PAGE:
Bits and pieces of December 2010

2010 December 30

Doctoral degrees: The disposable academic. Why doing a PhD is often a waste of time
from the Economist, link

Thinking of doing a design PhD? Trust me, I’m a doctor.
A column at Core77, link

Bits and pieces of November 2010

2010 November 21

AAC Acoustic Technologies
I recently had a meeting with them in Stockholm. One of the largest acoustic and haptic components provider for mobile devices. I hope to discover more about their components and solutions.

Haptics Chrome
This Google Chrome extension adds haptics support to Google Chrome. Allows the web to send touch events to the device so that the user can feel what is happening.

SmartCall and SkinDisplay
via Core77
RIM + RCA + Vitamins Design proposing a skin display to alert and communicate personal messages to the user in less binary and disruptive ways. It reminds me of my old BA project Puce.
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Reflective Haptics, by Fabian Hemmert
Frictional actuation for haptic feedback with pen stylus. Video available. Nice idea but I wonder how much haptic qualities is lost by using a actuated ball on the tip of the pen. It sure adds some possibilities for feedback, but I guess we loose a bit too. Fabian also gave a talk at TEDxSalzburg earlier this month about less-disruptive mobile phones.
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ImpAct: Immersive Haptic Stylus
Demoed at UIST 2010
ImpAct is a stylus which can dynamically change its effective length and it is equipped with sensors to calculate its orientation in world coordinates. Video available.

Axsotic’s 3D-Spheric-Mouse
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da Vinci robots perform first all-robot surgery McGill University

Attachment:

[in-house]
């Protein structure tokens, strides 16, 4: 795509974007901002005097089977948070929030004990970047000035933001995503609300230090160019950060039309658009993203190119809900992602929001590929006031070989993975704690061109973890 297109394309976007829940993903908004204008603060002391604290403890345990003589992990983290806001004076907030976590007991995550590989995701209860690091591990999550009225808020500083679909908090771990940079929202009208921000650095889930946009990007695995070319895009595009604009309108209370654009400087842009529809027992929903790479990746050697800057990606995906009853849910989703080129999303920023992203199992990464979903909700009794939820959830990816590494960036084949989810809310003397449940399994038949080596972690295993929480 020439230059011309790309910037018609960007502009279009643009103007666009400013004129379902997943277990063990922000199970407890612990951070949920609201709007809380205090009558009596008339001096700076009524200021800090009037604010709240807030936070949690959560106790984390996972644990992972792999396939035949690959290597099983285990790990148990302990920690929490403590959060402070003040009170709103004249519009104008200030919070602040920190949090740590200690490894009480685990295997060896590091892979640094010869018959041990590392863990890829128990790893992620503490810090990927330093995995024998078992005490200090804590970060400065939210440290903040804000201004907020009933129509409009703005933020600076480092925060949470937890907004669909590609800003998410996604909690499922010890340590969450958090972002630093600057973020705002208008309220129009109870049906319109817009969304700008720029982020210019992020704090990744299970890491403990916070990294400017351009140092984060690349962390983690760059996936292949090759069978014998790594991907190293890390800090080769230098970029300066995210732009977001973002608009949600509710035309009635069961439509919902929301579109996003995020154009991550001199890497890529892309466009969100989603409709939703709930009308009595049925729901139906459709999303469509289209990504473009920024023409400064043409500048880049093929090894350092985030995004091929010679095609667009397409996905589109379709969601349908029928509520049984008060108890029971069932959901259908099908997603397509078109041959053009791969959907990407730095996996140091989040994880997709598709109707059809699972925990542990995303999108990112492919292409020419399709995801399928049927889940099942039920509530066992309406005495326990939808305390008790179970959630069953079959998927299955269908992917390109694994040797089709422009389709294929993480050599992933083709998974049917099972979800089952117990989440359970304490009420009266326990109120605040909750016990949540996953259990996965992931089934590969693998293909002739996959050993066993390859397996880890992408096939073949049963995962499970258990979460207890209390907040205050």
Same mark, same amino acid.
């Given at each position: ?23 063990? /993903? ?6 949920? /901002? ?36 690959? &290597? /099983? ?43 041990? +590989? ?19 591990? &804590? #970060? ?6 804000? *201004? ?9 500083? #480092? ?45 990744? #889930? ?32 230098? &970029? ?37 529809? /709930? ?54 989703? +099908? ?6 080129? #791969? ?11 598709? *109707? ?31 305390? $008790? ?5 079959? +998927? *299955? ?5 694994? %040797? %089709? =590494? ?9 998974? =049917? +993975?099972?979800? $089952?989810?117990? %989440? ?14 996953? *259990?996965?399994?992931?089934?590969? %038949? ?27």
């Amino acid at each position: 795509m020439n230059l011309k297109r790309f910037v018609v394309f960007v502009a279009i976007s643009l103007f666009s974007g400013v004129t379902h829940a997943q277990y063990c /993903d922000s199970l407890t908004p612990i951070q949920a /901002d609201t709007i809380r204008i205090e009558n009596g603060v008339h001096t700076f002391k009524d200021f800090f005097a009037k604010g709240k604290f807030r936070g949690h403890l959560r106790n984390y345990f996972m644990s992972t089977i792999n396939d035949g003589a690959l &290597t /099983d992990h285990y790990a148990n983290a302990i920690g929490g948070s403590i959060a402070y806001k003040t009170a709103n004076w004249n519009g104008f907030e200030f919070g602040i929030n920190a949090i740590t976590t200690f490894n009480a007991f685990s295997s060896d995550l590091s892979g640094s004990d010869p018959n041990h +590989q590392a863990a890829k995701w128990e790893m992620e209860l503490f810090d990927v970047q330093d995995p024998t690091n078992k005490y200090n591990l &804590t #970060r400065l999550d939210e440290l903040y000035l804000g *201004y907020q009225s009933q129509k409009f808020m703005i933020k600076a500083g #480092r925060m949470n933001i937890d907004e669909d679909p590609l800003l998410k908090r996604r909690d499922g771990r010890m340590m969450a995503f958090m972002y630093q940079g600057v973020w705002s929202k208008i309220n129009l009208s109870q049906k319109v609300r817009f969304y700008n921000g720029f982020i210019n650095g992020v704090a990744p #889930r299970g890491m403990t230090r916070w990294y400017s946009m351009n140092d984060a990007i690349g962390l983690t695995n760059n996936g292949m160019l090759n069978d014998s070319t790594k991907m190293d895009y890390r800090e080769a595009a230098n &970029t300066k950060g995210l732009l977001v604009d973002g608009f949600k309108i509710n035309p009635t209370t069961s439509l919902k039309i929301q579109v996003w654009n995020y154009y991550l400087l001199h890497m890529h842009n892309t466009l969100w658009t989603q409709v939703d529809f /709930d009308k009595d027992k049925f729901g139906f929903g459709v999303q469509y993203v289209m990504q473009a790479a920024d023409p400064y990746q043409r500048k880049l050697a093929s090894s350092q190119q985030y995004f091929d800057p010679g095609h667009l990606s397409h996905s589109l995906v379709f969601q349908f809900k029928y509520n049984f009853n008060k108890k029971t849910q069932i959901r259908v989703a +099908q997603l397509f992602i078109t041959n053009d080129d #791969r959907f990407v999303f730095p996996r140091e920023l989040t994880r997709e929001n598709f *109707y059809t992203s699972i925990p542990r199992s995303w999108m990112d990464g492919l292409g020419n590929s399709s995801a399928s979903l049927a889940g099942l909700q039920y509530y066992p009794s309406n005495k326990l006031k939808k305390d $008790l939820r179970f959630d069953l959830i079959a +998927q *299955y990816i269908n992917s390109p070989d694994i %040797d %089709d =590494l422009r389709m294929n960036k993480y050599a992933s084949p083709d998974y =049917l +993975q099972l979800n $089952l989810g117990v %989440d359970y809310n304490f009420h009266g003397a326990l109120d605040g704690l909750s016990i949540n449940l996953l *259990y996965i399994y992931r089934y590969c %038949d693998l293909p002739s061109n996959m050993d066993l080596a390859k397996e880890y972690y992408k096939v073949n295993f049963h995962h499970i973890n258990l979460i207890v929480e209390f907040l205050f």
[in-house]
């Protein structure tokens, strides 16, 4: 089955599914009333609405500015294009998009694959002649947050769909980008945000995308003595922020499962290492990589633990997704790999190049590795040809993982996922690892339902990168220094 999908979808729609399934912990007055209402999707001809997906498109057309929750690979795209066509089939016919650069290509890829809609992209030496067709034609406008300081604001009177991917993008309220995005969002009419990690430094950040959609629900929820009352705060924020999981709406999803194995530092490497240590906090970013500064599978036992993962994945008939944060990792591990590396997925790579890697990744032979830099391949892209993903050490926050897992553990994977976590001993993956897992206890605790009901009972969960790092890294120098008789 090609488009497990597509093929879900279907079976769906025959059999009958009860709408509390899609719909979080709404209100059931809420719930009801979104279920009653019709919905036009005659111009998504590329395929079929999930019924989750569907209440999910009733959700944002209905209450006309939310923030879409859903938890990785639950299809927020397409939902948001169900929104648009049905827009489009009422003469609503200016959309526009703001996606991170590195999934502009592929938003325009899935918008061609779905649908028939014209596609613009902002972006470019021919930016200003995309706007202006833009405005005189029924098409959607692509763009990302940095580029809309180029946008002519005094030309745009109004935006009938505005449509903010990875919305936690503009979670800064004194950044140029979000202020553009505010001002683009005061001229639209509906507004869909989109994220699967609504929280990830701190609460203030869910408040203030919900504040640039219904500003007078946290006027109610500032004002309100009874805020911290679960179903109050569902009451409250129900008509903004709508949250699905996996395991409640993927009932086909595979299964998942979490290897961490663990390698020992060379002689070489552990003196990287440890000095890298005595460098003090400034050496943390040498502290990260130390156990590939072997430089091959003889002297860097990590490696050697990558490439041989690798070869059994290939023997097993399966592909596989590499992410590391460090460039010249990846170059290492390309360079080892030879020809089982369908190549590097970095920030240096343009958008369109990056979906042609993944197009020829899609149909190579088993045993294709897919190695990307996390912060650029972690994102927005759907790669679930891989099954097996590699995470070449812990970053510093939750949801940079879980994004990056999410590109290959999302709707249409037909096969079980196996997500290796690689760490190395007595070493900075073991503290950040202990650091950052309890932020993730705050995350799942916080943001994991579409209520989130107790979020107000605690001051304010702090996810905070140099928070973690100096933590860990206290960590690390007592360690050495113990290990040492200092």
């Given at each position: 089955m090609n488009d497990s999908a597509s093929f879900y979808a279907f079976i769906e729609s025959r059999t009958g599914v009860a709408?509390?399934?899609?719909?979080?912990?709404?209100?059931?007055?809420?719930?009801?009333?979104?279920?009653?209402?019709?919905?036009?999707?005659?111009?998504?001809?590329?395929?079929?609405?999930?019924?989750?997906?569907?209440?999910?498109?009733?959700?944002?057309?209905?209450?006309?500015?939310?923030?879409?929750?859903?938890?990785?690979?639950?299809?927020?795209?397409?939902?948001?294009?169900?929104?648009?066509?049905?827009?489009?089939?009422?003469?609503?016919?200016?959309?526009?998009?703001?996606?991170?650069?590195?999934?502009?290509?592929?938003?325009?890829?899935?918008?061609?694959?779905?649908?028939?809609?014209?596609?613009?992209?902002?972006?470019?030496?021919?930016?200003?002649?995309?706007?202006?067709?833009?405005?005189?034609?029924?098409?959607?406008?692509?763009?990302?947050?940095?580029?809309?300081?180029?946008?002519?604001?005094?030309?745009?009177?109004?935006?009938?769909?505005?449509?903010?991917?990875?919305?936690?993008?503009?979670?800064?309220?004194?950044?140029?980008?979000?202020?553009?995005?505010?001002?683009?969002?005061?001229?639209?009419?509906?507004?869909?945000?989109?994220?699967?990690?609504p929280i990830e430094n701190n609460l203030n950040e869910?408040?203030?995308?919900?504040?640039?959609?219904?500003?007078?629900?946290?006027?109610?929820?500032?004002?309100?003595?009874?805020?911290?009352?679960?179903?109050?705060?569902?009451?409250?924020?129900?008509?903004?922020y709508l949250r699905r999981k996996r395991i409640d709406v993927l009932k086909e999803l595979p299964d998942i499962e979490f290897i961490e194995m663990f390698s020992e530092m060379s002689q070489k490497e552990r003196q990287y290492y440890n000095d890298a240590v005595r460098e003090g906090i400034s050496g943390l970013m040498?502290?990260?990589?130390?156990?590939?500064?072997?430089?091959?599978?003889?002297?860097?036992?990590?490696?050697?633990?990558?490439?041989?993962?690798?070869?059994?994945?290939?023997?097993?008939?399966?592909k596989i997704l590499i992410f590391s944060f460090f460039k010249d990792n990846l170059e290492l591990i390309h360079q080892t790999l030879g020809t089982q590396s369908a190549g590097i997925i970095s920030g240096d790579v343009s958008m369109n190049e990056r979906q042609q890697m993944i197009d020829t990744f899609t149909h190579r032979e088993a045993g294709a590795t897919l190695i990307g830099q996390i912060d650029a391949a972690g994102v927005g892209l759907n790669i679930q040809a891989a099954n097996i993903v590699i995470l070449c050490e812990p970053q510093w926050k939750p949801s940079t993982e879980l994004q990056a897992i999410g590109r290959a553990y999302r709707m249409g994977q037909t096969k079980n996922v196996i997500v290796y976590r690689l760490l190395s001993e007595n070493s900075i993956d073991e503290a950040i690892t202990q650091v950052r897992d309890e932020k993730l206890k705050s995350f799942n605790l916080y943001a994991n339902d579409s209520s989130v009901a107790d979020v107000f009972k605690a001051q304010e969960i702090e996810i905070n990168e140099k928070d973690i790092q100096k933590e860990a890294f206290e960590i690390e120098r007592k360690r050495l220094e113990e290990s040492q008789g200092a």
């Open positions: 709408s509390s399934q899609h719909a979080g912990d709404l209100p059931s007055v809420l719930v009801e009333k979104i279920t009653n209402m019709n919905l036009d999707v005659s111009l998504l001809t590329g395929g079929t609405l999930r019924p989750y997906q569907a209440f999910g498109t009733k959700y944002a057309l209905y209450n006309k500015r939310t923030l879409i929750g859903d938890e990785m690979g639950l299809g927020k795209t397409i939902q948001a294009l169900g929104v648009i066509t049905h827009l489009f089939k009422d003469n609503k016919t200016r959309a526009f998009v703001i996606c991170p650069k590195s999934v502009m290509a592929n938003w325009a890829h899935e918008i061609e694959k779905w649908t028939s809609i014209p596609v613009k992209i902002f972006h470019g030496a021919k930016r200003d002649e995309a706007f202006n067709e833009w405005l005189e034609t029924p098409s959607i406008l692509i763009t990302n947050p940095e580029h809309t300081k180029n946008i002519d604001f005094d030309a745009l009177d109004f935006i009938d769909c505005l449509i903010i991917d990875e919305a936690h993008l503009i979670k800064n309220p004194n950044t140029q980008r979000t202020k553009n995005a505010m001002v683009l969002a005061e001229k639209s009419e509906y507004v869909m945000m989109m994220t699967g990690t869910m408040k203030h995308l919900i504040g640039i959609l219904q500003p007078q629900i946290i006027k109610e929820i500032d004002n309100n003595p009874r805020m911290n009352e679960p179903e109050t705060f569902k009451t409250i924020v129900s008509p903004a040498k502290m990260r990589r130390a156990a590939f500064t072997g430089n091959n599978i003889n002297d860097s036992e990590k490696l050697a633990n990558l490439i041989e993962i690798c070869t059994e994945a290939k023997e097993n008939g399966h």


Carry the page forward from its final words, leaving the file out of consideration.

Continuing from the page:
I don’t like haptic arm-type devices, but sure they are useful for minimally invasive surgery. It’s better than having to open up bodies. I wonder how good/hard is the feedback on the da Vincis robots.

Sketching Haptics Workshop at Chalmers in Gothenburg

2010 November 9

I’m in Gothenburg for a few days, to conduct a small workshop with the Masters Students from Chalmers University, part of the The Augmented Body course (blog) organized by Johan Sandsjö.

I’ll post photos and a review of the activities very soon. In the meantime, I am publishing PDF version of the presentations I made during my visit. The visual quality of the projection was very weak, sorry for that. I should have tested it beforehand, I know.

Tuesday Nov. 9 2010
Presentations: Introduction.camille.pdf, Prototyping.levels.pdf

Wednesday Nov. 10 / Thursday Nov. 11 2010
Simple Haptics presentation:

TEI paper accepted!

2010 October 16

Yippi, my submission to TEI’11 (Tangible, Embedded and Embodied Interaction) conference was accepted. The reviews contain good feedback, and they highlight some weaknesses that were totally known to me. I wrote this submission just before leaving for my sea kayaking in Greenland this summer. I was busy in Paris, getting ready for my trip, but I nevertheless decided to dedicate 24 hours to write something from my recent MSRC work. It was a sleepless night, and I was totally exhausted when I jumped on the plane toward Iceland.

The current title is Designing through Making: exploring the simple haptic design space. I have revisions to do during the coming weeks, let’s see if I keep this title or not.

The conference is in Madeira (Portugal) next January: